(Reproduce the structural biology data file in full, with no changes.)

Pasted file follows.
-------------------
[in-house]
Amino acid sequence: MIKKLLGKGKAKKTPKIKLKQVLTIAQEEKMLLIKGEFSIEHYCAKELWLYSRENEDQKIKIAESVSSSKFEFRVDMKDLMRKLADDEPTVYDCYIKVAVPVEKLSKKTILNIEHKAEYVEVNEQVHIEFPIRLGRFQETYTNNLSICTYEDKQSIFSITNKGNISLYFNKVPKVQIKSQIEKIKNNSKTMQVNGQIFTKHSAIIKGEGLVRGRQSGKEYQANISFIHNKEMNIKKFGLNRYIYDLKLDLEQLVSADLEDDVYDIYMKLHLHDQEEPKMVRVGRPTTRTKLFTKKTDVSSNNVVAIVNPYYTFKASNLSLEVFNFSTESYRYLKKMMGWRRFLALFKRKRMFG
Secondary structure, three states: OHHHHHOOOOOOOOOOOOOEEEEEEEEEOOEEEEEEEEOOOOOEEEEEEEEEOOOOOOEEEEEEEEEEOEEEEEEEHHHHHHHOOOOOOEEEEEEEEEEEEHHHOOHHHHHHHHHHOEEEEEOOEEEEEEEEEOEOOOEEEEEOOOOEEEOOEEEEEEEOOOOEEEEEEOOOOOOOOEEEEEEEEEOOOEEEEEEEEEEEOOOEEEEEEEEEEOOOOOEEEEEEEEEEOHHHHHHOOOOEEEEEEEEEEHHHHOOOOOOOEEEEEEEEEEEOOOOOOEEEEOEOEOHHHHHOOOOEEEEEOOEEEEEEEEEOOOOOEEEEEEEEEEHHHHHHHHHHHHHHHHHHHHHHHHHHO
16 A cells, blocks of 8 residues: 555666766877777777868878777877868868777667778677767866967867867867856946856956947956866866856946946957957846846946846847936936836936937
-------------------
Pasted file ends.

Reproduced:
[in-house]
Amino acid sequence: MIKKLLGKGKAKKTPKIKLKQVLTIAQEEKMLLIKGEFSIEHYCAKELWLYSRENEDQKIKIAESVSSSKFEFRVDMKDLMRKLADDEPTVYDCYIKVAVPVEKLSKKTILNIEHKAEYVEVNEQVHIEFPIRLGRFQETYTNNLSICTYEDKQSIFSITNKGNISLYFNKVPKVQIKSQIEKIKNNSKTMQVNGQIFTKHSAIIKGEGLVRGRQSGKEYQANISFIHNKEMNIKKFGLNRYIYDLKLDLEQLVSADLEDDVYDIYMKLHLHDQEEPKMVRVGRPTTRTKLFTKKTDVSSNNVVAIVNPYYTFKASNLSLEVFNFSTESYRYLKKMMGWRRFLALFKRKRMFG
Secondary structure, three states: OHHHHHOOOOOOOOOOOOOEEEEEEEEEOOEEEEEEEEOOOOOEEEEEEEEEOOOOOOEEEEEEEEEEOEEEEEEEHHHHHHHOOOOOOEEEEEEEEEEEEHHHOOHHHHHHHHHHOEEEEEOOEEEEEEEEEOEOOOEEEEEOOOOEEEOOEEEEEEEOOOOEEEEEEOOOOOOOOEEEEEEEEEOOOEEEEEEEEEEEOOOEEEEEEEEEEOOOOOEEEEEEEEEEOHHHHHHOOOOEEEEEEEEEEHHHHOOOOOOOEEEEEEEEEEEOOOOOOEEEEOEOEOHHHHHOOOOEEEEEOOEEEEEEEEEOOOOOEEEEEEEEEEHHHHHHHHHHHHHHHHHHHHHHHHHHO
16 A cells, blocks of 8 residues: 555666766877777777868878777877868868777667778677767866967867867867856946856956947956866866856946946957957846846946846847936936836936937